Courts and Climate Policy: Now and in the Future
Kirsten H. Engel
University of Arizona - James E. Rogers College of Law
December 6, 2010
GREENHOUSE GOVERNANCE: ADDRESSING AMERICAN CLIMATE CHANGE POLICY, Barry G. Rabe, ed., 2010
Arizona Legal Studies Discussion Paper No. 10-43
What can the courts offer to the development of policy on climate change? In this chapter, part of a larger multi-author work on climate change governance, Kirsten Engel argues that the judiciary can depoliticize climate change by filtering issues, such as climate science, that have become highly contentious in the public debate, bring the issue of climate change “home” to persons by identify real and highly sympathetic victims of climate change, demonstrate the need, or lack thereof, for new regulatory frameworks for climate change, and provide feedback to industry and regulators on the magnitude of the liability risk being faced by private parties for greenhouse gas emissions. Engel examines how the courts have already influenced climate policy, discussing its role in unleashing EPA regulation of greenhouse gas emissions under the Clean Air Act, for example, as well as the institutional characteristics that limit the ability or willingness of the courts to go out ahead of the political branches on an issue such as which industries have an obligation to reduce emissions and by how much. The chapter concludes with a look at alternative frameworks for federal climate legislation, such as cap-and-trade and cooperative federalism, and how Congress’s choice of structure may influence the future role of the courts in climate policy.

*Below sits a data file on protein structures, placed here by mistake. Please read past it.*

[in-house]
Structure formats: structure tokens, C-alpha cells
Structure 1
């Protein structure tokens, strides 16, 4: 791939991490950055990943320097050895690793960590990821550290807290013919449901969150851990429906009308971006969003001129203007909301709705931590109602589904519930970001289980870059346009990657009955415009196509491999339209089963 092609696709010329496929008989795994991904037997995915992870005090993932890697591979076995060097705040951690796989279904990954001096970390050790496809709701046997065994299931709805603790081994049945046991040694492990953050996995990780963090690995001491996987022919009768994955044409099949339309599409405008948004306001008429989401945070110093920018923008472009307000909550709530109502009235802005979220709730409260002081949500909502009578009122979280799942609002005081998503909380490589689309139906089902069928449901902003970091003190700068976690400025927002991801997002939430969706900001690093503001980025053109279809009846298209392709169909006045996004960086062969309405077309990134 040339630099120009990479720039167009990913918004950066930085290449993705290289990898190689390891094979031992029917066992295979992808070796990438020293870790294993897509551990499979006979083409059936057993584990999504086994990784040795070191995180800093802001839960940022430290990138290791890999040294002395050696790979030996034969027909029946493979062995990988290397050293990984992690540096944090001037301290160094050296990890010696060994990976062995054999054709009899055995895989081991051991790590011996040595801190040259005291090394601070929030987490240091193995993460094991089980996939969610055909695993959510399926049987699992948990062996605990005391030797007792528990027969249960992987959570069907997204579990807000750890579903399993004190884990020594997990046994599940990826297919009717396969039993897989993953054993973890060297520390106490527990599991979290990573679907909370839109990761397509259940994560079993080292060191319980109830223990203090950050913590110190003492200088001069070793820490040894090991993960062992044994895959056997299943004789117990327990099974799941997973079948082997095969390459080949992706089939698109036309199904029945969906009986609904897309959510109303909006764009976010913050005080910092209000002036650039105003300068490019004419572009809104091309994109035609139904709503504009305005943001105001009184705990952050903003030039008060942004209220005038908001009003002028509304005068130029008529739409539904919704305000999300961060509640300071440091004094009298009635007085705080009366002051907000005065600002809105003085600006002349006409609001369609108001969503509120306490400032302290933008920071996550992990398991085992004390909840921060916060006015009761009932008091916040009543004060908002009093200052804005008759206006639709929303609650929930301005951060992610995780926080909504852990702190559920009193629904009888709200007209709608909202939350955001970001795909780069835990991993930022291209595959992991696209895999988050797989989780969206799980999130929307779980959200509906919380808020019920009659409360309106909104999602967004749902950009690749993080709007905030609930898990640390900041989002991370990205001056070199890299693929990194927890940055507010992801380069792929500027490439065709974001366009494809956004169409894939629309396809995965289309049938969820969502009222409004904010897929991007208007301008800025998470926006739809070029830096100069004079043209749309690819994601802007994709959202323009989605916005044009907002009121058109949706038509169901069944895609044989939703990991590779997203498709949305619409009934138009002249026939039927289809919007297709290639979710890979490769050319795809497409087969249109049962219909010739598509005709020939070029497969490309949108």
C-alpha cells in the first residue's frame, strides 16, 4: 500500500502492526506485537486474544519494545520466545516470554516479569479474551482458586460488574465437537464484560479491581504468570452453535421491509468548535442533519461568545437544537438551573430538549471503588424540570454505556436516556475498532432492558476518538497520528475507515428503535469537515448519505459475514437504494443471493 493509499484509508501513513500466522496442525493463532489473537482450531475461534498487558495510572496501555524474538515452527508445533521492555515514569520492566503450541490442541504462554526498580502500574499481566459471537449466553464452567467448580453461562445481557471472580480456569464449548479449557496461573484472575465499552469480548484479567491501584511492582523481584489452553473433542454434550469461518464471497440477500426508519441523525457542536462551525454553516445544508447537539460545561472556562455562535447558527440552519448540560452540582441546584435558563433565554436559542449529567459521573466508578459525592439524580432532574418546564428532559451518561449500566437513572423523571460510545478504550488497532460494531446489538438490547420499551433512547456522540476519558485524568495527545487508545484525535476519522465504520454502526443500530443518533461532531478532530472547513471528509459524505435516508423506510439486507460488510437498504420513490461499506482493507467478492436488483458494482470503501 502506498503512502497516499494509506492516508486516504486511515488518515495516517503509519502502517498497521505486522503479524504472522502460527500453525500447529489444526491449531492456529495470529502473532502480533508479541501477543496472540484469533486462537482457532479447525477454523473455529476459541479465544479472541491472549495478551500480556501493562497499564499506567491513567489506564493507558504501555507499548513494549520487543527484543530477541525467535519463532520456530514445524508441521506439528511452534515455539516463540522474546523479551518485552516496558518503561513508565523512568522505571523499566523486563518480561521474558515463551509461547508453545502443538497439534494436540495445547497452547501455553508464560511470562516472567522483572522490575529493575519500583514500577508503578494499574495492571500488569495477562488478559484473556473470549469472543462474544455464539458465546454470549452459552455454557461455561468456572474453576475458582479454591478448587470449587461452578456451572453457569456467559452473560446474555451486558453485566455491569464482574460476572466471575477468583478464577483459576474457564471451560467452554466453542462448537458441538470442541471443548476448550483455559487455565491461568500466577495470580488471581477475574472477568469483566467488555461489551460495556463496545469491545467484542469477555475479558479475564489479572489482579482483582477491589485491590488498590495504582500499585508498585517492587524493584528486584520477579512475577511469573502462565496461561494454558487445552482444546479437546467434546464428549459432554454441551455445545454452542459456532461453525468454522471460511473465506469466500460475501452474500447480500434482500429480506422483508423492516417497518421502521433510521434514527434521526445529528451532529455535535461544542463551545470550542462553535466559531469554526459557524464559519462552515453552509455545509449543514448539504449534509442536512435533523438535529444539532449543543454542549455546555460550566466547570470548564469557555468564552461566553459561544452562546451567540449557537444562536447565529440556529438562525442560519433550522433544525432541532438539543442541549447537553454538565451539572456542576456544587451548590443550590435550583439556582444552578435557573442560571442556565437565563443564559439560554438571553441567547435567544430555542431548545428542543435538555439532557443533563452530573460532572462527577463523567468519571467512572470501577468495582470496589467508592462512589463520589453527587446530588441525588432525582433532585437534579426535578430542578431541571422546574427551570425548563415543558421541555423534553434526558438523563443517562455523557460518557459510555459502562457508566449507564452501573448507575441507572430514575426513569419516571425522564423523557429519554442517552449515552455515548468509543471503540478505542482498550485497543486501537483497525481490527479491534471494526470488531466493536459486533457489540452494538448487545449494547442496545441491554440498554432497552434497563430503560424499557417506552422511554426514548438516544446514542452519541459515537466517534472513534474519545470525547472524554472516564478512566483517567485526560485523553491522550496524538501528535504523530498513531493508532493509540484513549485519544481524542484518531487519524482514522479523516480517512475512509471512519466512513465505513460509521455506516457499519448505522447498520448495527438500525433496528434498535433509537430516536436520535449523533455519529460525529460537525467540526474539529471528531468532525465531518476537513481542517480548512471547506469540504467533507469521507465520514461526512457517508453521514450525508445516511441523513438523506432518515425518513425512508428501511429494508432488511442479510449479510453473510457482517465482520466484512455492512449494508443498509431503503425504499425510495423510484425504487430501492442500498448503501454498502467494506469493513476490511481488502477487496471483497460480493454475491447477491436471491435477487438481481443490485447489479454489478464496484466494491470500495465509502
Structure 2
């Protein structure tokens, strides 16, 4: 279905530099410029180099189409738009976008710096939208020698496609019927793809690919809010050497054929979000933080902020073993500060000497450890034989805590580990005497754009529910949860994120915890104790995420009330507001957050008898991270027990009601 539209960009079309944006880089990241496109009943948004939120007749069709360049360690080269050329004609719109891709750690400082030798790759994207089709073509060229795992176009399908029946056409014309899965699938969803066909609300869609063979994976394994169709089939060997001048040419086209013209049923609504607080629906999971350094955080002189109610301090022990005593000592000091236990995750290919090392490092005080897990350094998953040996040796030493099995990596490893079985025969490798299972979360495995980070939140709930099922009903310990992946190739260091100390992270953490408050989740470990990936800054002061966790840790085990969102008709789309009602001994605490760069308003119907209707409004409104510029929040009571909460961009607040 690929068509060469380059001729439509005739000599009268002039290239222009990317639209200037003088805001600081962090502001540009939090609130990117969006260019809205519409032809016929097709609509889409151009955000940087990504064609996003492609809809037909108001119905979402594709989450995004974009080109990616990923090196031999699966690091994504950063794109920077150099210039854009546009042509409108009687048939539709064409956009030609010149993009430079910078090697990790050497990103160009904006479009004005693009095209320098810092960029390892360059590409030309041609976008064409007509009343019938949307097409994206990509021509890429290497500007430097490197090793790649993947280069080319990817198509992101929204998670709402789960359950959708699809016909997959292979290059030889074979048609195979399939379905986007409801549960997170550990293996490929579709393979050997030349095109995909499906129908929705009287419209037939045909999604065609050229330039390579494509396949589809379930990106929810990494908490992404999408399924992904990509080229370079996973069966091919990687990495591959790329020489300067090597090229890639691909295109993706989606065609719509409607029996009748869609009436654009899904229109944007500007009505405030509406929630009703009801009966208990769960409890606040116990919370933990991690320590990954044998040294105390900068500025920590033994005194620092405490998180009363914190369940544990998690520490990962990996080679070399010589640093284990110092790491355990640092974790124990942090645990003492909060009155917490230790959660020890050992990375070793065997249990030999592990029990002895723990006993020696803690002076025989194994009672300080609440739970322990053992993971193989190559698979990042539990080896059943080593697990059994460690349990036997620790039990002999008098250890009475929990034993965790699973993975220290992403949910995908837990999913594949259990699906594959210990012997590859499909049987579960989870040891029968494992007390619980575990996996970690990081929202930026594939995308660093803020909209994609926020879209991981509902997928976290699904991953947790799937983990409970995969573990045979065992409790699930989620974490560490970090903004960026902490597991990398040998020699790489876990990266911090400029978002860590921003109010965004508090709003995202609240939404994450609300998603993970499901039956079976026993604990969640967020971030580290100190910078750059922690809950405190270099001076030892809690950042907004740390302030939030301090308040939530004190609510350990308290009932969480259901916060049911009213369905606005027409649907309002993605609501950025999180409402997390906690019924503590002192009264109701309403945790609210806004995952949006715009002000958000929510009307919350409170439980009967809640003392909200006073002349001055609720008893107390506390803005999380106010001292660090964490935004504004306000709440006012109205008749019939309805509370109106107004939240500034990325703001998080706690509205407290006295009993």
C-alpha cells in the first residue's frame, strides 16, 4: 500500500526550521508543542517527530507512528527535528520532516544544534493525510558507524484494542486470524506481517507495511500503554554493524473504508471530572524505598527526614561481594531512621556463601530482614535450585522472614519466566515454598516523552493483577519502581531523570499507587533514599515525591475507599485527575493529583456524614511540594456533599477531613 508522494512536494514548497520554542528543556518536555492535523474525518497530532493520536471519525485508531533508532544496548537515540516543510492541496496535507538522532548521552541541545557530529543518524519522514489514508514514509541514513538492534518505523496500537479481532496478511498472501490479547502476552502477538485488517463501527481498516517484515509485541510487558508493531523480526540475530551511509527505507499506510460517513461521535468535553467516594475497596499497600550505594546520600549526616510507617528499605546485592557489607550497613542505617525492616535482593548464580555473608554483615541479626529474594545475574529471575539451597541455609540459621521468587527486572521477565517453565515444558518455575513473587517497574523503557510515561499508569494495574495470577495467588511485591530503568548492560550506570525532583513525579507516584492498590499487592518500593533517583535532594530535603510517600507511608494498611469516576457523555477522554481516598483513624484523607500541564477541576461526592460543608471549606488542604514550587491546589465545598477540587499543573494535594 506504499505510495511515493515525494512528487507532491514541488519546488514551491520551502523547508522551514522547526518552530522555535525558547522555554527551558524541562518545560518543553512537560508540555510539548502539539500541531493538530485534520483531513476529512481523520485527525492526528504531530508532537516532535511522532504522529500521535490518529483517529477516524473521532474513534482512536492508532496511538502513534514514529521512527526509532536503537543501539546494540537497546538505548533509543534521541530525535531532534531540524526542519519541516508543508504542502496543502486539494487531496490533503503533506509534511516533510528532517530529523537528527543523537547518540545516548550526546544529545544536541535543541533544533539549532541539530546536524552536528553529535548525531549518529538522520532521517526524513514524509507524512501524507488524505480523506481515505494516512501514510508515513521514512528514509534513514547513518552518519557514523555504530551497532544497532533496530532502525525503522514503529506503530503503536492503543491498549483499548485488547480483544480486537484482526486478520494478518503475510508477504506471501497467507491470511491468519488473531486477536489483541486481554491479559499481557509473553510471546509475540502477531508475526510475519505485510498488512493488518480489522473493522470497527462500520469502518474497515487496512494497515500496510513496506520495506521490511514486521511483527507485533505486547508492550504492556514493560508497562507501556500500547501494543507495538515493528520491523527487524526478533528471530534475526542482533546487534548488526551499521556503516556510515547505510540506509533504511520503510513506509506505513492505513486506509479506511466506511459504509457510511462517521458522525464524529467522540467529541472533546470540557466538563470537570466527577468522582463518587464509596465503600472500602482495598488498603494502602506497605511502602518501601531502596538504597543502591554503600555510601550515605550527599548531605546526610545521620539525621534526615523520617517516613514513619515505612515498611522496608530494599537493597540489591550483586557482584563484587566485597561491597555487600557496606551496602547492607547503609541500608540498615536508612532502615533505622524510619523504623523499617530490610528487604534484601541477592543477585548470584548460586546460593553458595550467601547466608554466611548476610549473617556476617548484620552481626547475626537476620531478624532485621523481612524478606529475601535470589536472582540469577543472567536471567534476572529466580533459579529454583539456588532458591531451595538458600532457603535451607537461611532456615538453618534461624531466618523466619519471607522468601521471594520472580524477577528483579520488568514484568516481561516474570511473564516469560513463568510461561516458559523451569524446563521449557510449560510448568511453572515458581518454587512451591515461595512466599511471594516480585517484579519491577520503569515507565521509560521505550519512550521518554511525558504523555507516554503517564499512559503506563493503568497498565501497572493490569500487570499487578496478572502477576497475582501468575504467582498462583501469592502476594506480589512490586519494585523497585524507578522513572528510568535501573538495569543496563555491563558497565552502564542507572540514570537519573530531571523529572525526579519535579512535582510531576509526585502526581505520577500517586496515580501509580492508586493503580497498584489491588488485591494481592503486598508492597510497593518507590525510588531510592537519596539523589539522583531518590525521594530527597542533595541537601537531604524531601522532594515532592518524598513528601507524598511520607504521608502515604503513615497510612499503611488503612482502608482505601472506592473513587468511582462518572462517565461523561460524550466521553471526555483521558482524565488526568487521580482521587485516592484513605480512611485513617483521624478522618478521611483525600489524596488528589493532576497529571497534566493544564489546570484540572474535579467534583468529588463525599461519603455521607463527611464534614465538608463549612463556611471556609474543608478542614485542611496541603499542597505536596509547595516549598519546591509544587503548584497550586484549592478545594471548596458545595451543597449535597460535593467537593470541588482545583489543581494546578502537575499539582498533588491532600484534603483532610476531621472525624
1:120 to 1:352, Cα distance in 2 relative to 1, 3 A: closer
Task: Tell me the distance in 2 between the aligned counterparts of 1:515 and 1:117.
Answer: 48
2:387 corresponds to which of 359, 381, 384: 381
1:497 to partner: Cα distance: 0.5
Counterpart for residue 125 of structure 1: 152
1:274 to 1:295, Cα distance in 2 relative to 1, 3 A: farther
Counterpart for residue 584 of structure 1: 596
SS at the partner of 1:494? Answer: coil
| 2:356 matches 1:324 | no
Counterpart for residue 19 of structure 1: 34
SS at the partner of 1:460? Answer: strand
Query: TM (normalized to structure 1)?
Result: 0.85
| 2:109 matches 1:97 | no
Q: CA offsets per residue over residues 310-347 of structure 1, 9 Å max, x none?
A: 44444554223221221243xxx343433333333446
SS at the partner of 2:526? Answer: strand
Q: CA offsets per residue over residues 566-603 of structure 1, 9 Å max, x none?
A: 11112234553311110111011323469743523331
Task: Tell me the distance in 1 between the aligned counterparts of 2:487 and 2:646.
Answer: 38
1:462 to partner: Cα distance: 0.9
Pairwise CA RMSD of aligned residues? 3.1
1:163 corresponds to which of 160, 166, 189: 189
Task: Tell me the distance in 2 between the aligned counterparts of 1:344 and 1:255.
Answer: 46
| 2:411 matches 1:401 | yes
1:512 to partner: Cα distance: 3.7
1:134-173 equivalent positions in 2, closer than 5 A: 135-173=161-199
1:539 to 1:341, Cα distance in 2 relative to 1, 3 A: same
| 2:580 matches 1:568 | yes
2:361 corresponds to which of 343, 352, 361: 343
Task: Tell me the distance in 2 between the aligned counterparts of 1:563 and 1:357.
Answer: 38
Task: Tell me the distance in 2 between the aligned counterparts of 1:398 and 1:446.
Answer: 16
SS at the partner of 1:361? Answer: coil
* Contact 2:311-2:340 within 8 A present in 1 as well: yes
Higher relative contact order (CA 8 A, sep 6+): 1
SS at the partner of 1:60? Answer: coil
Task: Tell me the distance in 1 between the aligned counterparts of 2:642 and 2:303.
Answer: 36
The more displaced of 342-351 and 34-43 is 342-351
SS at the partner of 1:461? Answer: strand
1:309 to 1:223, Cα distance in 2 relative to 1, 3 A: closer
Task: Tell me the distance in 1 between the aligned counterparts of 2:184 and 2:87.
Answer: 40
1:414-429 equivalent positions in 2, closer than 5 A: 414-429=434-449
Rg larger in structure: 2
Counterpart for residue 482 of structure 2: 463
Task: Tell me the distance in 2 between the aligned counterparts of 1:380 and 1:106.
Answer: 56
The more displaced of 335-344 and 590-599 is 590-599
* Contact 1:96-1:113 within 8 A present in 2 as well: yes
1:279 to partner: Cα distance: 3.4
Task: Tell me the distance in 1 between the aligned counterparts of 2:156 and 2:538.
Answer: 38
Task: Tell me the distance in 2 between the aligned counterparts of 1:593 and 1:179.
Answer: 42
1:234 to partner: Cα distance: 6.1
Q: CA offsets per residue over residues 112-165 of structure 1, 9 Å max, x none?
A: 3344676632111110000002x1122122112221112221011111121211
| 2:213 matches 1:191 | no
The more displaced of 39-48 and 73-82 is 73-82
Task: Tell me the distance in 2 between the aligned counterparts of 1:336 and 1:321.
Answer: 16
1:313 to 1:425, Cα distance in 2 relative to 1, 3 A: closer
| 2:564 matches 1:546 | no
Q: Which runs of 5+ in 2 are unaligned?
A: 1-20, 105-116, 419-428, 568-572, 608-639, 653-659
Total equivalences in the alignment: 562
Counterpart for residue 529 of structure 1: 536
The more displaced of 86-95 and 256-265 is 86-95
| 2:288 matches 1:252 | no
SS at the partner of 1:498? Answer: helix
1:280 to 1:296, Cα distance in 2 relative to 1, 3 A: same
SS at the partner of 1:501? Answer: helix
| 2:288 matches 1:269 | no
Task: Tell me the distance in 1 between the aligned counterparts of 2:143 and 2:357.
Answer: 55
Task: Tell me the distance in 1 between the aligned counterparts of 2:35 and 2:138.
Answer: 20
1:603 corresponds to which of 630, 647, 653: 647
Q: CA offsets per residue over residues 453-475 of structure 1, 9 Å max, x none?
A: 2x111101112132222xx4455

Keywords: climate change, role of courts, greenhouse gas emissions, regulation, cap-and-trade, cooperative federalismAccepted Paper Series
Date posted: December 7, 2010
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